122
122
Christmann, Jakob (1554-1613)
THEORIA LUNAE EX NOVIS HYPOTHESIBUS ET OBSERVATIONIBUS DEMONSTRATA: UT FACILIME POSSIMUS VERUM LOCUM LUNAE IN ZODIACO SECUNDUM LONGITUDINEM & LATITUDINEM QUOLIBET TEMPORE DEFINIRE. HEIDELBERG: GOTTHARD VÖGELIN, 1611
Estimate
8,00010,000
LOT SOLD. 10,000 GBP
JUMP TO LOT
122
Christmann, Jakob (1554-1613)
THEORIA LUNAE EX NOVIS HYPOTHESIBUS ET OBSERVATIONIBUS DEMONSTRATA: UT FACILIME POSSIMUS VERUM LOCUM LUNAE IN ZODIACO SECUNDUM LONGITUDINEM & LATITUDINEM QUOLIBET TEMPORE DEFINIRE. HEIDELBERG: GOTTHARD VÖGELIN, 1611
Estimate
8,00010,000
LOT SOLD. 10,000 GBP
JUMP TO LOT

Details & Cataloguing

The Erwin Tomash Library on the History of Computing

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London

Christmann, Jakob (1554-1613)
THEORIA LUNAE EX NOVIS HYPOTHESIBUS ET OBSERVATIONIBUS DEMONSTRATA: UT FACILIME POSSIMUS VERUM LOCUM LUNAE IN ZODIACO SECUNDUM LONGITUDINEM & LATITUDINEM QUOLIBET TEMPORE DEFINIRE. HEIDELBERG: GOTTHARD VÖGELIN, 1611
FIRST EDITION, folio (310 x 195mm.), woodcut diagrams, 2 folding letterpress tables, old vellum, modern folding cloth case, some paper toning, some neat repairs, D2 holed affecting catch-word, a few other small holes in the text
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Provenance

Federico Cesi (1585-1630), inkstamp (oval stamp with the image of a lynx, and inscription: Ex Biblioth[eca] Lyncaea Federici Caesii L[ynceorum] P[rincipis] March[ionis] Mont[is] Caelii] II), library pressmark on endpaper (C.88.XVII); [Cassiano dal Pozzo (1588-1657), purchaser in 1633 of Cesi’s Library], possible Dal Pozzo shelfmark at head of title; Cardinal Alessandro Albani (1692-1779), purchaser of the Dal Pozzo Library in 1714, Albani inkstamp on title, and library pressmark on endpaper (RR VIII 11); bought from Martayan Lan, New York, 1988, Catalogue 2, item 72, $5850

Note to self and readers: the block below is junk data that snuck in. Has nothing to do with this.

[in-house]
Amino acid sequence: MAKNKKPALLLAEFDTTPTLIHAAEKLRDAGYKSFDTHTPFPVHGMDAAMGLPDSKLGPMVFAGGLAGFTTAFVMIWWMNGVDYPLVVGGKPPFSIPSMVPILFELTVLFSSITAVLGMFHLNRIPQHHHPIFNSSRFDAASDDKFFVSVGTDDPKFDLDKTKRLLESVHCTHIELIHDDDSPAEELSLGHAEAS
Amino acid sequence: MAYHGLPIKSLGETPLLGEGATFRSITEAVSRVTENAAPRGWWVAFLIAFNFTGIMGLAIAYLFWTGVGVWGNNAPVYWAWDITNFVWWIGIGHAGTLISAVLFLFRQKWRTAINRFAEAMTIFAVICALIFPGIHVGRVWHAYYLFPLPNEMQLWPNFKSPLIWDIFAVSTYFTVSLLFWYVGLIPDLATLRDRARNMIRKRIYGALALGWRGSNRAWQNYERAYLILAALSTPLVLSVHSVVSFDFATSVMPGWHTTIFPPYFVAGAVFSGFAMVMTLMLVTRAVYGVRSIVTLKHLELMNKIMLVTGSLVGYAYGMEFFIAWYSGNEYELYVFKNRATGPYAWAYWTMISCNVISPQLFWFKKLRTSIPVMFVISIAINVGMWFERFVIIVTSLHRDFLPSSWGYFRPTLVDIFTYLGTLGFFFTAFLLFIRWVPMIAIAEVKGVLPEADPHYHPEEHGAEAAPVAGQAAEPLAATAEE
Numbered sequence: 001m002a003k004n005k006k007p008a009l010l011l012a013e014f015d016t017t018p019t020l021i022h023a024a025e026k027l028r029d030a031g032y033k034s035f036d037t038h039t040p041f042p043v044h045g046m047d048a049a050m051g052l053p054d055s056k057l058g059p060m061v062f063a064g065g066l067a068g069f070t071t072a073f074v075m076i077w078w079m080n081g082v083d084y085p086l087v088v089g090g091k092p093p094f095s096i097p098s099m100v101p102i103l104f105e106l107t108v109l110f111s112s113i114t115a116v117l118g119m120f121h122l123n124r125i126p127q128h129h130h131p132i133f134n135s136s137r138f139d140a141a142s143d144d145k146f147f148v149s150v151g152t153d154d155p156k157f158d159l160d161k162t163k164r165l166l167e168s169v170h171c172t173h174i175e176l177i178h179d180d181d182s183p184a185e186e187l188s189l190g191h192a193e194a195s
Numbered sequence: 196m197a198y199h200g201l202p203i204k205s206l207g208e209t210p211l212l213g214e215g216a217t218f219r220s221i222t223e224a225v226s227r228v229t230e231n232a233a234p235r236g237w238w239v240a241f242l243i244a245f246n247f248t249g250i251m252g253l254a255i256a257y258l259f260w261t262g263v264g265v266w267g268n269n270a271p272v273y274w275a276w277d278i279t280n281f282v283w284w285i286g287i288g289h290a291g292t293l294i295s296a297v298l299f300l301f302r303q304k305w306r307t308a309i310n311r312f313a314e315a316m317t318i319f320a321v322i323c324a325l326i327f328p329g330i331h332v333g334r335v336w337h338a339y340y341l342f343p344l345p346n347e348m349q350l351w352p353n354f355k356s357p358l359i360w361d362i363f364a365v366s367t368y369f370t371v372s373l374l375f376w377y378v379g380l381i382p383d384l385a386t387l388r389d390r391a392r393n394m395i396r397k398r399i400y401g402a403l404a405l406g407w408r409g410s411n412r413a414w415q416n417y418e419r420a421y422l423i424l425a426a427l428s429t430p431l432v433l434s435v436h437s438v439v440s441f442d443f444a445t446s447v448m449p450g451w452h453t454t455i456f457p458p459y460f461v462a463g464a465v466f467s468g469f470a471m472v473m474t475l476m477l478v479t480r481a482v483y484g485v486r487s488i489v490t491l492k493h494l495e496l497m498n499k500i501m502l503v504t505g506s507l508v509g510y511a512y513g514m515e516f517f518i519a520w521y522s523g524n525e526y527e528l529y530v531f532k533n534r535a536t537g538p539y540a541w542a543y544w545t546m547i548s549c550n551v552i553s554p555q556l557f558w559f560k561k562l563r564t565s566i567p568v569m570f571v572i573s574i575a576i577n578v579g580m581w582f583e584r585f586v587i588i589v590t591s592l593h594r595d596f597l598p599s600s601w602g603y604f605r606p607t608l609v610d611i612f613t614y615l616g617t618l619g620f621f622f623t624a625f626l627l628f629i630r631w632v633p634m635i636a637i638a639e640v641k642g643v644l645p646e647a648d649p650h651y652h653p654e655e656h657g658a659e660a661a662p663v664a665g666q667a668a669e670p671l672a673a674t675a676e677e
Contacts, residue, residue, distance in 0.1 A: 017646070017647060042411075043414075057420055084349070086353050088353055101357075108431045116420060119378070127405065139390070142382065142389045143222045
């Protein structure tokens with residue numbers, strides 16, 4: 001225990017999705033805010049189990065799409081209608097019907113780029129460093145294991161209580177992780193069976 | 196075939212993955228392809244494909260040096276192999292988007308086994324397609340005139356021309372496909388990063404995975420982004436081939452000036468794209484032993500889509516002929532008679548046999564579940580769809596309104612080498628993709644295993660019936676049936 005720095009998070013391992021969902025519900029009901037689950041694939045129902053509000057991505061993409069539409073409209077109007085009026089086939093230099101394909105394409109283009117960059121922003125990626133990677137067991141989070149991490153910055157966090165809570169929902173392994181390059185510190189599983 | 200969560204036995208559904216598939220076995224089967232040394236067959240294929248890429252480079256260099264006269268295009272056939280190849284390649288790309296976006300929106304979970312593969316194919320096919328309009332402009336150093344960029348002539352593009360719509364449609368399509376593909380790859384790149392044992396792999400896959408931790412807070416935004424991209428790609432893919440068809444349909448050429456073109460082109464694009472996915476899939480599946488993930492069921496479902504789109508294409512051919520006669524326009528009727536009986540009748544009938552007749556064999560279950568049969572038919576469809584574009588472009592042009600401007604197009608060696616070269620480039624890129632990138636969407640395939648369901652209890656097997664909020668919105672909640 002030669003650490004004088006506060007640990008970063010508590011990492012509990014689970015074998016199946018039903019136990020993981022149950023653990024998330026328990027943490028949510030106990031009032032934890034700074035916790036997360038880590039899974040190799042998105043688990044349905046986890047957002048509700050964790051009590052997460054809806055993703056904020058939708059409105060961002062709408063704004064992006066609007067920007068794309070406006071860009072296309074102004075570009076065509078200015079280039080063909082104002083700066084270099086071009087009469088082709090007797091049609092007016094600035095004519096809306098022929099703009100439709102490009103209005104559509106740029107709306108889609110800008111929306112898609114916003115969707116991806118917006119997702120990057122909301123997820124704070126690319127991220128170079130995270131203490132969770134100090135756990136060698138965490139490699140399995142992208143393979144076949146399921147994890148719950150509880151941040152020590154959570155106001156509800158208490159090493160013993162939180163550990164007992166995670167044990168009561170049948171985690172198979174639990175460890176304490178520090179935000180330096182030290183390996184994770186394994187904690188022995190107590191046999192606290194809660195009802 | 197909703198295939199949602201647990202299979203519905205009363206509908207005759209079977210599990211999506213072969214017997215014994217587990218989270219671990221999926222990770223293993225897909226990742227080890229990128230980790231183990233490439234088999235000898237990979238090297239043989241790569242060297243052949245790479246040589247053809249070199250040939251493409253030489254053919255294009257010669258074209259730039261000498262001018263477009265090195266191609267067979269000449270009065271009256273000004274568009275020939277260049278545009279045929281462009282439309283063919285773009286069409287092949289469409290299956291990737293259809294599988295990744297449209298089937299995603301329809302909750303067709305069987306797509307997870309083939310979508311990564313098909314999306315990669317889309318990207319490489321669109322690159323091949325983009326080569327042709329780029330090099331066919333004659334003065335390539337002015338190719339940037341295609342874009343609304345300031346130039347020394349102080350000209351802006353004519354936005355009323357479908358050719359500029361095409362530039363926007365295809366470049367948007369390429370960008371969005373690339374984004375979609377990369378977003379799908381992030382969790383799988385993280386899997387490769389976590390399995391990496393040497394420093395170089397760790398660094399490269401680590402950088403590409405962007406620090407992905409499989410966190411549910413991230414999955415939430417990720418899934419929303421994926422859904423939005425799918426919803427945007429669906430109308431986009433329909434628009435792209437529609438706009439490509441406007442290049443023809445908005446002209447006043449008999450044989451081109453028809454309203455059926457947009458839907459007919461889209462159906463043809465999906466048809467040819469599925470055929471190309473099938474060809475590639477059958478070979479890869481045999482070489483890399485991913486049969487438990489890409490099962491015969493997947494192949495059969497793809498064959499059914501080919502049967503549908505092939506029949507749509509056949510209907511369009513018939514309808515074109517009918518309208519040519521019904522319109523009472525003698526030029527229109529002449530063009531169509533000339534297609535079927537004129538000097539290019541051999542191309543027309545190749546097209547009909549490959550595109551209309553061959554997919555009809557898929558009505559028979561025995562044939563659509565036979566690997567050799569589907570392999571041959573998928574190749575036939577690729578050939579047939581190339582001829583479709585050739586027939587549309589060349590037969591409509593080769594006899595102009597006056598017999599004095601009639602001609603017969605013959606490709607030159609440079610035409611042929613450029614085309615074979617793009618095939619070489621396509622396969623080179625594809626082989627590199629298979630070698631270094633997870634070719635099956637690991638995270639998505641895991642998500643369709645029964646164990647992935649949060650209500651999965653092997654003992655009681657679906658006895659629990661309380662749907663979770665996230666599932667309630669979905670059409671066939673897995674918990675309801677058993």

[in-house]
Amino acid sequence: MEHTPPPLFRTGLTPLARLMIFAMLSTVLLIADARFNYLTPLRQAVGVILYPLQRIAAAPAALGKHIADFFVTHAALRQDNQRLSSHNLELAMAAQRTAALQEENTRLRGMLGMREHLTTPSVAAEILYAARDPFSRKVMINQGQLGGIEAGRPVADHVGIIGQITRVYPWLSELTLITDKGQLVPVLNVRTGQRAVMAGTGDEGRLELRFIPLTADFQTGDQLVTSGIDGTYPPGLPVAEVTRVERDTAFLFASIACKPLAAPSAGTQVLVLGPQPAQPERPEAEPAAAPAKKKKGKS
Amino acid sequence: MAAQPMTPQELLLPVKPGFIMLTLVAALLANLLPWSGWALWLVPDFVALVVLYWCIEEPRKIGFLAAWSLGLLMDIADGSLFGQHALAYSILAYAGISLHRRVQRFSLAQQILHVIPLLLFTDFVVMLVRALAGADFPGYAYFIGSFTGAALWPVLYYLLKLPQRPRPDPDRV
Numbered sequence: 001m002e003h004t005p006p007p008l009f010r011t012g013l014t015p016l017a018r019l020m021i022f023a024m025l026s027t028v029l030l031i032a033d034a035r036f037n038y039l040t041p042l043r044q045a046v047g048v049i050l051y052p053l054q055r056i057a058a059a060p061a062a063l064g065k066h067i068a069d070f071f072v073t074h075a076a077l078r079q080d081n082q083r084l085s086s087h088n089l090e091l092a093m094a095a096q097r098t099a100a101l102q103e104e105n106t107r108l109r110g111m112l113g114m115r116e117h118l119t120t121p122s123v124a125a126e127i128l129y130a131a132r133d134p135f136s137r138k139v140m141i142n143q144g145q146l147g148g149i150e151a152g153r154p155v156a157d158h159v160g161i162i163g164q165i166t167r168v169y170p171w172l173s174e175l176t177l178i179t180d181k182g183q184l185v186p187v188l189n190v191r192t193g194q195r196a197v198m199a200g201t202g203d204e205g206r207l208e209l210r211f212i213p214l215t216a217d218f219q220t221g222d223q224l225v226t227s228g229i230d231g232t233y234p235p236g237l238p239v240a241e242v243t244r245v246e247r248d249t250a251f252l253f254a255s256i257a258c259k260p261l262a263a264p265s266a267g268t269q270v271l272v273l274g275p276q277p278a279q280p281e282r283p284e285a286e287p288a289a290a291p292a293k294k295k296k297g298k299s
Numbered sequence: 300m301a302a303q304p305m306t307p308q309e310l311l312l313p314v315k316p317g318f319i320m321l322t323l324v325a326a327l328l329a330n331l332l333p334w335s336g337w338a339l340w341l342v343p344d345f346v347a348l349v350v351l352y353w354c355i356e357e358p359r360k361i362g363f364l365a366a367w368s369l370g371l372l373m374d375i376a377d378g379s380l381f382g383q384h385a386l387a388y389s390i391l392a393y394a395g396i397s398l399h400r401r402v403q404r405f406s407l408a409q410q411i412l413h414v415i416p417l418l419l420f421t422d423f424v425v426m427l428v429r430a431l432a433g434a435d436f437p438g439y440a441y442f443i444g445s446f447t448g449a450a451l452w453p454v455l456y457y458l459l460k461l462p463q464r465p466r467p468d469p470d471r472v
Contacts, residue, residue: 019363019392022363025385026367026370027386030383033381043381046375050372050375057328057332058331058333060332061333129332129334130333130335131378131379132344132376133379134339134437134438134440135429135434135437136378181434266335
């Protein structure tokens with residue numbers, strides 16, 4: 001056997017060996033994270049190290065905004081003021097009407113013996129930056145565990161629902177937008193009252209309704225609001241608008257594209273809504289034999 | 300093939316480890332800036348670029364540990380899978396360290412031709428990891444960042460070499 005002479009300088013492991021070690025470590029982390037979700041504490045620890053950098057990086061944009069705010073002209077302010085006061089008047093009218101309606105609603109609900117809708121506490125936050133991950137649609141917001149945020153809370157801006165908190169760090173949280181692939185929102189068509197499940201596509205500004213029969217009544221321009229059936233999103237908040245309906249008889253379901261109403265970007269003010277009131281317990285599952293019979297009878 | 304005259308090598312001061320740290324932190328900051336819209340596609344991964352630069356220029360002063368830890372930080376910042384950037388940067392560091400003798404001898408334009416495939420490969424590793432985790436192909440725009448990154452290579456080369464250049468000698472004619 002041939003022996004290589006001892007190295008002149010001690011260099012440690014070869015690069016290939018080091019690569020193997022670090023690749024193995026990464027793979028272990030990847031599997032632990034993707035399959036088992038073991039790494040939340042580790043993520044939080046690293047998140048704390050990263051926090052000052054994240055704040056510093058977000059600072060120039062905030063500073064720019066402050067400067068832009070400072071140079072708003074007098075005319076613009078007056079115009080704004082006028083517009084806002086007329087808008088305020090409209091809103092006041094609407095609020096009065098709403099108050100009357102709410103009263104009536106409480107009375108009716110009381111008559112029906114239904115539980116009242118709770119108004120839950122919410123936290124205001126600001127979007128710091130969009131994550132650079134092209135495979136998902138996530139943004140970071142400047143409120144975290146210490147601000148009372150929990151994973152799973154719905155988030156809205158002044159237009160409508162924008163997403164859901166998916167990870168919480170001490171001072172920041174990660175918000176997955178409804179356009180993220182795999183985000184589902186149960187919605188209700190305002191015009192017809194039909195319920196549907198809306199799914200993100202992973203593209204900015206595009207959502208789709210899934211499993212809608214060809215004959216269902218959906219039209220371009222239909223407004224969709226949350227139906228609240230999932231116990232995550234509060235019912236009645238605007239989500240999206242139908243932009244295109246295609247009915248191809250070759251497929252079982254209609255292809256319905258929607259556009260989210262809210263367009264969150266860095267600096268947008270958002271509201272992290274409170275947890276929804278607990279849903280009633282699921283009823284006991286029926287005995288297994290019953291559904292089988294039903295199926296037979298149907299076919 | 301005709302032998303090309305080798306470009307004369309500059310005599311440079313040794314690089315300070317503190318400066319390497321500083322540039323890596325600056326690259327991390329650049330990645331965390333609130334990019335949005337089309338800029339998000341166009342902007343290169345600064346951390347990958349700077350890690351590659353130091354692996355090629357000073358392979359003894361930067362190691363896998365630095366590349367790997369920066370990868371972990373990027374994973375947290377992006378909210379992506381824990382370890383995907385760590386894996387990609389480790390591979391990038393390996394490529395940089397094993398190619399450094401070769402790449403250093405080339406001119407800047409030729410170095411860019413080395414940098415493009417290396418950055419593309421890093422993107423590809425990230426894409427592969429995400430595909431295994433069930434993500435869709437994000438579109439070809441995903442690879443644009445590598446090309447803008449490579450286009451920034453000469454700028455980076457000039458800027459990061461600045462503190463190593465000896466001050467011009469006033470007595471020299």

Literature

Tomash & Williams C86; USTC 2094070 (7 copies); VD17 12:640822E (Bayerische Staatsbibliothek, only)

Catalogue Note

EXTREMELY RARE: we have traced no copy appearing at auction.

The author was professor of logic at Heidelberg. Inspired by his inheritance of Rheticus’s library, he made astronomical observations of his own, which are set out in this work. He was the first person to include telescopic sights on instruments such as the sextant and Jacob’s staff.

This copy is from the large (some 3000 volumes) and remarkable library of Federico Cesi (1585-1630), founder of the Accademia dei Lincei. Although dominated by books on medicine and natural history, the library also included works of astronomy, notably editions of Kepler and Copernicus, works by Galileo and his disciples, and by the opponents of Galileo, such as Christoph Scheiner and Orazio Grassi. Two inventories of the Cesi library are analysed by Maria Teresa Biagetti, La biblioteca di Federico Cesi (Rome 2008); the present volume was entered in these as "Theoria lunae ex nouis Hyptothesibus Autore Iacobo Chorstmano 1611" (Biagetti p.111 no. [318]).

The Erwin Tomash Library on the History of Computing

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London